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Directed by Dean Devlin

Starring Gerard Butler, Jim Sturgess, Abbie Cornish, Ed Harris

Film Review by Jack Bottomley

Geostorm film review UK

When it comes to destructive movies, disaster master Roland Emmerich is the first name that springs to mind and the biggest surprise ahead of Geostorm was that the film was not helmed by him but instead by Independence Day co-writer Dean Devlin. Over the course of the last 20 years, the genre has really done a lot to our little planet, it has bombarded it with asteroids, invaded it, fractured it, drown it and blown it to smithereens, and now comes Geostorm, which seeks to take things to a new scale but is actually a catastrophe in all the wrong ways.

Despite sounding like an afternoon slot filler on SyFy, this is actually a big screen cinema release that has a hefty budget and a decent cast and we were hoping for a big fun disaster flick as a result…what we get unfortunately, is a film that makes the fatal mistake of thinking it is far more intelligent than it actually is. The plot takes place in a near future where the Global Climate has become so hostile it needs a network of satellites controlled from space to keep the world in balance, however when things start unexpectedly going wrong with the space station, Jake Lawson (Gerard Butler), the man who designed the system, must return to space and find the problem, only to discover it is far bigger than anyone could have foreseen.

For all the problems Geostorm could have had, never in a million years did I expect my biggest gripe to be that the film was boring and lacking in impressive destructive weather set pieces. Yet, that is indeed this movie’s biggest failing, as the trailers have basically shown you all the films huge money shot CGI devastation and the rest consists of a couple of chases, some space station panic and – most damningly of all – a conspiracy plot that is at odds with the film being promoted. Geostorm puzzlingly tries to craft a very serious political parable out of a film that features numerous scenes of dialogue all dressed up in fancy jargon to hide the silly nonsensical lame science fiction lite narrative. The film’s attempts at weight may have been commendable were it not for the fact that the plotting is sheer nonsense and uninvolving thanks to a script that seems like little more than overly patriotic gobbledygook.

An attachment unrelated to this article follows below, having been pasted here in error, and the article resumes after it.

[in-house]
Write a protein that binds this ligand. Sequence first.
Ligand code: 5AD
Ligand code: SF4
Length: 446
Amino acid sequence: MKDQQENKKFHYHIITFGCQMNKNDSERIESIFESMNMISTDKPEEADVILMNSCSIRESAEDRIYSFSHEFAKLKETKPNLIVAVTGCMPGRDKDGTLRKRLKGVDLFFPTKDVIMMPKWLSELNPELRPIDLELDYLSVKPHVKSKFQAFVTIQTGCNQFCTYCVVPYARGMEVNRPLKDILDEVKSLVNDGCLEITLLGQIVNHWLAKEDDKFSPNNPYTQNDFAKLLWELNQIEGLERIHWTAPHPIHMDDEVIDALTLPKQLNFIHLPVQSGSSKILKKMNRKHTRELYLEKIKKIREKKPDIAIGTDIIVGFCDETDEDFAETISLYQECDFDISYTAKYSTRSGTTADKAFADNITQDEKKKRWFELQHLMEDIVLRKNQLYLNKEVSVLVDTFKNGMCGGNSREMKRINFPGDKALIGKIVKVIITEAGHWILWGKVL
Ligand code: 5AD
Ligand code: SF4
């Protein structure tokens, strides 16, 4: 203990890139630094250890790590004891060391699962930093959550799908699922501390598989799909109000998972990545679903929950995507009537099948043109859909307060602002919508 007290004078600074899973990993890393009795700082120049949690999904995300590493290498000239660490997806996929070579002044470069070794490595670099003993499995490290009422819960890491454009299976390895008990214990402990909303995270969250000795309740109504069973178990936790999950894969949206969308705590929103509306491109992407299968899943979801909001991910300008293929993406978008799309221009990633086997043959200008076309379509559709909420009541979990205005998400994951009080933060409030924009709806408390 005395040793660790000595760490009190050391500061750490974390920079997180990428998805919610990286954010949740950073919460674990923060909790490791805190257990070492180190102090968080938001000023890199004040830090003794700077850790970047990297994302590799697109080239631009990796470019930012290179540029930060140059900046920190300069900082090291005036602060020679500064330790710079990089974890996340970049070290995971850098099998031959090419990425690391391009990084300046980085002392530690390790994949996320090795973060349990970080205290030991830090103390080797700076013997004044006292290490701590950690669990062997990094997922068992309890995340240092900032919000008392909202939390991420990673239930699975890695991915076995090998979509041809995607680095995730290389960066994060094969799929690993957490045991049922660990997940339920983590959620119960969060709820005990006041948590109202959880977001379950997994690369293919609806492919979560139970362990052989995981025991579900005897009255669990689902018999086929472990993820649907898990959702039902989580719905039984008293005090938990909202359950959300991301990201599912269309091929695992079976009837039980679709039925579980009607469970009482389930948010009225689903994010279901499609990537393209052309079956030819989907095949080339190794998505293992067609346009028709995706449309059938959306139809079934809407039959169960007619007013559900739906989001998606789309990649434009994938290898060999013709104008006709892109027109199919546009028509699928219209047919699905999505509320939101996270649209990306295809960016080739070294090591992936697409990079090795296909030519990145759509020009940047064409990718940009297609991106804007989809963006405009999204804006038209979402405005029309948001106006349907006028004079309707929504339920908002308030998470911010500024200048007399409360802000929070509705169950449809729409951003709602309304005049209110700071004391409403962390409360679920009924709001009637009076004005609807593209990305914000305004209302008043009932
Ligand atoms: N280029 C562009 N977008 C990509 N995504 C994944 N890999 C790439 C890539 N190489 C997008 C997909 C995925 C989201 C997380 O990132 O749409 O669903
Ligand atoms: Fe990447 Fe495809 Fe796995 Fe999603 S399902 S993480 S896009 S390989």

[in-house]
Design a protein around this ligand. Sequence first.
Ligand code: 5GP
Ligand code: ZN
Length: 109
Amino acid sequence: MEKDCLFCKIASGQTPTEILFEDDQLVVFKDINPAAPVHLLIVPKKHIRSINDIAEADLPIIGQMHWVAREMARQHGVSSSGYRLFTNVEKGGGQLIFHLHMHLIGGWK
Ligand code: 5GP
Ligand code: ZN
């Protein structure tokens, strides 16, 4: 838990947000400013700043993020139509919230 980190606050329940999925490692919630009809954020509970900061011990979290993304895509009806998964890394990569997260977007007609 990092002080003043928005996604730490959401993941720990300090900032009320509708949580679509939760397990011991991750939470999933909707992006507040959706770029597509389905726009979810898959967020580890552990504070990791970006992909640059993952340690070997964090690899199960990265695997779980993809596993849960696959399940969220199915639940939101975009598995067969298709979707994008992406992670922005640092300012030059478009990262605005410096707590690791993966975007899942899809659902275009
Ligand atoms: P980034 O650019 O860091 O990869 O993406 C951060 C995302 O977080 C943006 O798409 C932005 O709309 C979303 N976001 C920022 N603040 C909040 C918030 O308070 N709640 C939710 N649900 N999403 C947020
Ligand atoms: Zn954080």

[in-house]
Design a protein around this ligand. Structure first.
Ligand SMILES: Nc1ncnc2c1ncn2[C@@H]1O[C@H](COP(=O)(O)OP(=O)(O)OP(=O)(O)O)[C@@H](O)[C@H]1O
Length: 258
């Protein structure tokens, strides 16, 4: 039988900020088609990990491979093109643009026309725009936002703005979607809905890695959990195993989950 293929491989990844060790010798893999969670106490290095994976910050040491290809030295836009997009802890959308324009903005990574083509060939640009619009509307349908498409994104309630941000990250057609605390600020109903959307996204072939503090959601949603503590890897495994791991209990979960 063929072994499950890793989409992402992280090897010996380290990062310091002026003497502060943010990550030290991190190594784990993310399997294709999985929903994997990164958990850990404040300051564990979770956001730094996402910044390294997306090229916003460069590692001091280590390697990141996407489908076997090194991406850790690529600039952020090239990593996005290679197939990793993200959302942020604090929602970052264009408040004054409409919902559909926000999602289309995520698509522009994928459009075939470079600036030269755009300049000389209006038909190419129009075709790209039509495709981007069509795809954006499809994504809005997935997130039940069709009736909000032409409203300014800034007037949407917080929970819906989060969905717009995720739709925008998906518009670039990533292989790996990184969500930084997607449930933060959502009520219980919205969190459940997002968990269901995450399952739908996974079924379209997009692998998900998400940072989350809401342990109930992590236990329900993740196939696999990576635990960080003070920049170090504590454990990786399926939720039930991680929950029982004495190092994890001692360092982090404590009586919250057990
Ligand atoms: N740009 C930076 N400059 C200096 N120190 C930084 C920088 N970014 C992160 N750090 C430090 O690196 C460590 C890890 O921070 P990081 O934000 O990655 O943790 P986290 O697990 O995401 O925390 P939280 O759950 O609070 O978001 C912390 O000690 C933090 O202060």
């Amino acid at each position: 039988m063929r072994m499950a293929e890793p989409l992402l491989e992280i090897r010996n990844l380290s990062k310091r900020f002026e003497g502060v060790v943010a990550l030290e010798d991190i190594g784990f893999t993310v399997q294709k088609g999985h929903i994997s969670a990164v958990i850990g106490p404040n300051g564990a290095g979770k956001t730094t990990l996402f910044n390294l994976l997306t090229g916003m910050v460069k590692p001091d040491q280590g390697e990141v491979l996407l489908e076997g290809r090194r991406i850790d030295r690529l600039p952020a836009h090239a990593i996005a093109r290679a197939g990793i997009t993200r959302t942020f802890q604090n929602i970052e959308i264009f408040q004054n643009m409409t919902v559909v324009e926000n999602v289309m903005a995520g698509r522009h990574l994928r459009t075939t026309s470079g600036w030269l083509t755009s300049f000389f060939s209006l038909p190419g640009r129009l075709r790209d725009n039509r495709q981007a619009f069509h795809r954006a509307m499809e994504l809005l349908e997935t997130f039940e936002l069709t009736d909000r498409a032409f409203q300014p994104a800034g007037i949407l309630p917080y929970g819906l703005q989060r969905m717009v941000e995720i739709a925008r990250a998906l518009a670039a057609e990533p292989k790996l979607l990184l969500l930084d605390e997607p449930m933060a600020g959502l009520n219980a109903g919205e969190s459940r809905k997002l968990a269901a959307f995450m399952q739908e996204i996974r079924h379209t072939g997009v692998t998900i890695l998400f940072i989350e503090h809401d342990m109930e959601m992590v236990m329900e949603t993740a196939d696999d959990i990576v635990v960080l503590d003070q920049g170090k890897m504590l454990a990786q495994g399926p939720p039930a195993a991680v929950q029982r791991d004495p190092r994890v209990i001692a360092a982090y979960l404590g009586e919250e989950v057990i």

Even the CGI, which at $120 million dollars of course looks fine, is not exactly that impressive and the action set pieces do not at all distinguish themselves from any major entry in the genre in the last 2 decades. Had the last 20 years of disaster films never happened, Geostorm would fare better but they have and after seeing films like Independence Day (and its equally barmy sequel), Armageddon, 2012, Into The Storm, The Day After Tomorrow and San Andreas, you have seen practically everything in Geostorm and all done better.

Despite the efforts of Jim Sturgess, the cast mostly look not very into it and the films only real connective scene involves a boy and a dog and it lasts a minute if that. Overall Geostorm is not as insultingly bad as some films but is just very forgettable and not all that entertaining and as a cautionary tale about climate change it is just ludicrous. Literally the only chilling scenes are the real life footage of natural disasters used in the opening. For all the CGI in the world, Geostorm cannot outdo real life events and cannot better a good 80% of films in the genre in the last 20 years in terms of spectacle, charisma and thrills.



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